Problems of urban life as shown in The Devil in the White City As decreibed in this book, explain the major problems of urban life in America cities such as Chicago in the 1890s. .

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Safety was a major problem in urban life in the 1890s. Technology, especially in the area of transportation, outpaced safety measures in many ways. Larson cites some specific examples early in his book. On average, two people were killed each day at railroad crossings, and others suffered gruesome injuries. Streetcars...

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Safety was a major problem in urban life in the 1890s. Technology, especially in the area of transportation, outpaced safety measures in many ways. Larson cites some specific examples early in his book. On average, two people were killed each day at railroad crossings, and others suffered gruesome injuries. Streetcars and horse-drawn carriages also inflicted damage on unsuspecting pedestrians. Fires, too, were a major problem in urban life. Many buildings were constructed with flammable materials, and fire departments struggled to contain blazes in crowded urban areas.

In addition to accidents and fires, violent crime increased as cities grew. For example, there were almost eight hundred violent deaths in Chicago during the first six months of 1892. Police forces were not able to keep up with the volume. Additionally, according to Larson, their investigation techniques were insufficient to truly cope with this type of crime.

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Some of the problems plaguing urban centers such as Chicago in the 1890s are described in the chapter called "A Gauntlet Dropped." The United States's economy was doing poorly, which was causing unrest and violence. Larson reports that 5,906 people were murdered in the U.S. in 1891, a forty percent increase over the year before.

Earlier in the book, we learn of problems plaguing the city of Chicago that threatened to seep into the fair. These included not only crime, but disease outbreaks. Diseases such as smallpox and cholera "roamed the city." Cholera was spread by the city's drinking water, which was contaminated with bacteria, as well as by "dead cats" and "fecal matter." Another significant worry in Chicago was fire. Burnham considered it the worst threat to the fair of all, and developed a fire fighting system more sophisticated than that used by the city of Chicago.

As Burham tried to build an idyllic enclave in Jackson Park, the inadequate urban infrastructure and social problems caused by a shaky economy threatened his enterprise.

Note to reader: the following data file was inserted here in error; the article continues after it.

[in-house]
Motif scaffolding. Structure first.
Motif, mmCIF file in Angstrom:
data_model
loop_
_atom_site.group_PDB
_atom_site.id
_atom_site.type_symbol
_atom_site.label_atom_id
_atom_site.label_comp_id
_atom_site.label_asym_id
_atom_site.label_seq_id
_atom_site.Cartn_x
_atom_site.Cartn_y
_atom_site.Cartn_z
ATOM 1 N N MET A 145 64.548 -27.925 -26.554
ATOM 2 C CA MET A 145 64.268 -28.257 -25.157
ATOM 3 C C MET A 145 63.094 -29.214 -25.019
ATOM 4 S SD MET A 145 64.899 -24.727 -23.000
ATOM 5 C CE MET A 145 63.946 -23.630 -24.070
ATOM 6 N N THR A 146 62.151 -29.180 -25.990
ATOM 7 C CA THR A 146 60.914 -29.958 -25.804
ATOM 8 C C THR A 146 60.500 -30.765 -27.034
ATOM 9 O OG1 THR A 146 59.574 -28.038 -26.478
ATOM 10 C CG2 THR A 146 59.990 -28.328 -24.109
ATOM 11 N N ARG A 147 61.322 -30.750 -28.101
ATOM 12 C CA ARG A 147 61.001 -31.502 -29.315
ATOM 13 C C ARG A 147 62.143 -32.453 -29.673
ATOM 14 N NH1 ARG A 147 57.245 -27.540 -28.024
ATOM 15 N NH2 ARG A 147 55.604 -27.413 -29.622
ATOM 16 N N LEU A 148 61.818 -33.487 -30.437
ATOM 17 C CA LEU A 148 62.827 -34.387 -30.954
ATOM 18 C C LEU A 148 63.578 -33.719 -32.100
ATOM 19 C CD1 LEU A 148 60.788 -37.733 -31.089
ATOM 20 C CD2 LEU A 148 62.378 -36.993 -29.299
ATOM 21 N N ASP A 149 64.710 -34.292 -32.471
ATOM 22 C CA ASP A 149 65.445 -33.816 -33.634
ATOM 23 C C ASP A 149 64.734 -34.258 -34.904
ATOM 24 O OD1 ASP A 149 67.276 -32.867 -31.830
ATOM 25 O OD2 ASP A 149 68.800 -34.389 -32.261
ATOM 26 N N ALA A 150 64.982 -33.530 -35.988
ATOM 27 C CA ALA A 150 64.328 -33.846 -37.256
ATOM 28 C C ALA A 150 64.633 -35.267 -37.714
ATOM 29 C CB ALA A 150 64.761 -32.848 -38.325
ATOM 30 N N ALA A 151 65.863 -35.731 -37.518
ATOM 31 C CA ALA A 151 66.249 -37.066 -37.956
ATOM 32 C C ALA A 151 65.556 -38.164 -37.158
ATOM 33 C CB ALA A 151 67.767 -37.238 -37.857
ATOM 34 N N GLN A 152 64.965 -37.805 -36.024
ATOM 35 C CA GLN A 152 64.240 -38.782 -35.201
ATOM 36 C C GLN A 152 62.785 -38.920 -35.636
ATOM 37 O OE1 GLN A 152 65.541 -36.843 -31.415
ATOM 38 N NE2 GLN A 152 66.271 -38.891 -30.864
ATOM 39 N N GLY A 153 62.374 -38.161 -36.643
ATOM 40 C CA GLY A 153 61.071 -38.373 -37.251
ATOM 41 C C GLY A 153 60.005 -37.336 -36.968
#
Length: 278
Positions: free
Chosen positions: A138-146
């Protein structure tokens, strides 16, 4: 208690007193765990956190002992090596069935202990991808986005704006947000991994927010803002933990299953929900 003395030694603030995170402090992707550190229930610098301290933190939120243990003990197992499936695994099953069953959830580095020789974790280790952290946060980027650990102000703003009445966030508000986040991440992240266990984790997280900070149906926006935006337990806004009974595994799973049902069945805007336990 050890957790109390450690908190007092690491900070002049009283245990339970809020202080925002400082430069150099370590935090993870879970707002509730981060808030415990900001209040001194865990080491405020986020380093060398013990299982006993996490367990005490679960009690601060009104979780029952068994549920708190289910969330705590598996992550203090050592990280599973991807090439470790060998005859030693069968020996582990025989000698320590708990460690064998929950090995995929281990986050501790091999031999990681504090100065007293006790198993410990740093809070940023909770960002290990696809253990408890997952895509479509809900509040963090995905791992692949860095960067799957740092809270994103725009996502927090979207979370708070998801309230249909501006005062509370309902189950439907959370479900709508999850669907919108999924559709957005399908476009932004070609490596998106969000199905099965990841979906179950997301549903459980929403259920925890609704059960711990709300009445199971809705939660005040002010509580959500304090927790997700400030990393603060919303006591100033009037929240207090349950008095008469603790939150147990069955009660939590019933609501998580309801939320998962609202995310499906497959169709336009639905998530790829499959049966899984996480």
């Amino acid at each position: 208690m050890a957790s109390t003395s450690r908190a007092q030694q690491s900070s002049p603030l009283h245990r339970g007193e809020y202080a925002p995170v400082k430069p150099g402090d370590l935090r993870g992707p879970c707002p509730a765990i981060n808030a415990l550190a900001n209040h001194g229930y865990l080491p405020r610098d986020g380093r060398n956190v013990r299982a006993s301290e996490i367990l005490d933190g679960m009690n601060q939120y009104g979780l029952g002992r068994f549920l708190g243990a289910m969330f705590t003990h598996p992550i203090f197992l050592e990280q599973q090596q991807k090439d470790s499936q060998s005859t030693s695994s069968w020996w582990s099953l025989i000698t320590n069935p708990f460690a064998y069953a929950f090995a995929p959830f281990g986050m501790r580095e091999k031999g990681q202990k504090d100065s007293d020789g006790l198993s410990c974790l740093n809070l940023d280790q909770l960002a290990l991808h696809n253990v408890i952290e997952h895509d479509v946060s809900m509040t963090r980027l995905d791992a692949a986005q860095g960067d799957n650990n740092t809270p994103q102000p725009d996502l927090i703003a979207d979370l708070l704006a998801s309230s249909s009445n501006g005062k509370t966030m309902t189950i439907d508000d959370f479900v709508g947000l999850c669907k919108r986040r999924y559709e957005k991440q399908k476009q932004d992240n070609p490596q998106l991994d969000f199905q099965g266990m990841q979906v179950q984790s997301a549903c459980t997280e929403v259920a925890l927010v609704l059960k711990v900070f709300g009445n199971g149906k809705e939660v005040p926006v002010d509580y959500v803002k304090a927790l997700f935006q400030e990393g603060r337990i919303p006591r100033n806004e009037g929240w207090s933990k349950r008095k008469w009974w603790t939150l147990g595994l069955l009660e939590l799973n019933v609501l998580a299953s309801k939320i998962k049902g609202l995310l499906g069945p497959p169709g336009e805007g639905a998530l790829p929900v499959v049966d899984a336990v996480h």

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One major problem was overcrowding. Society was beginning to move away from agriculturally-based living conditions (small communal farms spread across the land) and towards urban environments supported by those farms. This allowed far more people to congregate in a small space, making it hard or even impossible to identify missing persons. The Chicago World's Fair, which brought in even more people, added to the problem; Holmes found it easy to identify and abduct poor people on the fringes of society. Busy with managing the Fair and the increasing number of new problems brought on by urban living, societal controls (such as police) were hard-pressed to realize or care if poor people went missing. This new paradigm of living, including homeless people and travelers, made it easy for Holmes to indulge his evil desires.

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One of the biggest problems was greed.  Innocent but naïve people were taken advantage of.  Chicago was greeted by the World’s Fair, and that resulted in all kinds of abuse and cons.  The excitement of the fair and the newness of the ideas made the city ripe for cons.

The Exposition Company’s decision raised a groundswell of greed throughout Chicago’s South Side. (p. 74)

Any con man with an idea could convince some sap to give him all his money.  Holmes had other cons going, but the fair gave him good ideas for more.  He could move on from selling stolen bicycles (bought on credit not paid back) to larger construction cons.

 

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The problems of urban life do not have that much to do with Burnham and the fair or "Holmes" and his murders.  The general problems of urban life at this time had mainly to do with the lack of modern conveniences and the poor working and living conditions.  Cities at this time were rather dirty places that tended to have a lot of diseases because of the filth.  They were places where people had to work in dangerous jobs at low pay.  These people typically then went home to cramped and crowded apartments.  Life was not at all easy in these cities, particularly for the working class.

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